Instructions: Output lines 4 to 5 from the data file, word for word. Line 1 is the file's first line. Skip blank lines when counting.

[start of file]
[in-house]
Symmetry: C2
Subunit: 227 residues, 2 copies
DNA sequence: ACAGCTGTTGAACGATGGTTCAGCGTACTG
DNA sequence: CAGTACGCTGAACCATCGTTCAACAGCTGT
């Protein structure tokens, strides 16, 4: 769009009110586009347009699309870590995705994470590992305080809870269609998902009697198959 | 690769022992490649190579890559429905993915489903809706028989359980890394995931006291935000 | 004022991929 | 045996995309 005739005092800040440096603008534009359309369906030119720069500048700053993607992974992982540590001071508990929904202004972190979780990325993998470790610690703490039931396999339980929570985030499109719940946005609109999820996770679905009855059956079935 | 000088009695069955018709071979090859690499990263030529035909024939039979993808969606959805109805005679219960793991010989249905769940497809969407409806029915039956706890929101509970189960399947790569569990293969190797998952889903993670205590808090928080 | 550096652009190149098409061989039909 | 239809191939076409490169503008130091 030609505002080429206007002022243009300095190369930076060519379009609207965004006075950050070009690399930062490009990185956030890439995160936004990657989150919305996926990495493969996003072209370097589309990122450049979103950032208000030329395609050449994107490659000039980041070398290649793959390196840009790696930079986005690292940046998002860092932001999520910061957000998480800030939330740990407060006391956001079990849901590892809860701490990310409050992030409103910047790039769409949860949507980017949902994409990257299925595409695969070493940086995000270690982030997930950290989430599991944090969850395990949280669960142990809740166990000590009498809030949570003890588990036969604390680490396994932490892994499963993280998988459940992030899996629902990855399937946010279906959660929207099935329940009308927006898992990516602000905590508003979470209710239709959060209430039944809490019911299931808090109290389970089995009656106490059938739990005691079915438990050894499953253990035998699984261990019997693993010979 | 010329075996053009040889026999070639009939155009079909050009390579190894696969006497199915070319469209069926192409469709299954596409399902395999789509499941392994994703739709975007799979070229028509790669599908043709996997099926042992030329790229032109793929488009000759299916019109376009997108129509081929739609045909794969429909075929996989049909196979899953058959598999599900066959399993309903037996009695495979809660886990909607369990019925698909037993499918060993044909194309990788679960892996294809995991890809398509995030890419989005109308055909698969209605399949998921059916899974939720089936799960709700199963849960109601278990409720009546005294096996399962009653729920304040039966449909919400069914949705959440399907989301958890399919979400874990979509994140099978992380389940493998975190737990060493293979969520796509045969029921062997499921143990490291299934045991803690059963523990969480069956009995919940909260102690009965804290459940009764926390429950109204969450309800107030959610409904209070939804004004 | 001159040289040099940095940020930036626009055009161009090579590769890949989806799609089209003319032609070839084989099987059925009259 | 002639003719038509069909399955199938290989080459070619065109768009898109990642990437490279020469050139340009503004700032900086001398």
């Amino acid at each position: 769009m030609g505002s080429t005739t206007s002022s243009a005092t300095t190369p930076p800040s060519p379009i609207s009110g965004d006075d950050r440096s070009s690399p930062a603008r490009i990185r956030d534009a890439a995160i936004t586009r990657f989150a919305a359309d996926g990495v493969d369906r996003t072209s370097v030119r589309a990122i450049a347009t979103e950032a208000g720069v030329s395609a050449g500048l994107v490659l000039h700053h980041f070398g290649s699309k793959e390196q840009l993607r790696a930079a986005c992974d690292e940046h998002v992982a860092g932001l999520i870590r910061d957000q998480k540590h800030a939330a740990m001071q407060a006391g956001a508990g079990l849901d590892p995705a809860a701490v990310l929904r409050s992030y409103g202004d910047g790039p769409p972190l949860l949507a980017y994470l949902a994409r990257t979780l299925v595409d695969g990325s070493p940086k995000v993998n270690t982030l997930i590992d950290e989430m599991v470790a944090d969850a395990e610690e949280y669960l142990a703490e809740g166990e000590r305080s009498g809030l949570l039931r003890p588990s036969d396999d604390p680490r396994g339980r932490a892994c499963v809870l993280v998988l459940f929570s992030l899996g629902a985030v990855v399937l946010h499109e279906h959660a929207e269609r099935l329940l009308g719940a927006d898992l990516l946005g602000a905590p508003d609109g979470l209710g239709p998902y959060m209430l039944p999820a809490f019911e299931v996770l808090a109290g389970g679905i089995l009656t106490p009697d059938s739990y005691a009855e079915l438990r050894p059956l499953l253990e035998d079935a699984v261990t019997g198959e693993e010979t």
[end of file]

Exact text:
DNA sequence: ACAGCTGTTGAACGATGGTTCAGCGTACTG
DNA sequence: CAGTACGCTGAACCATCGTTCAACAGCTGT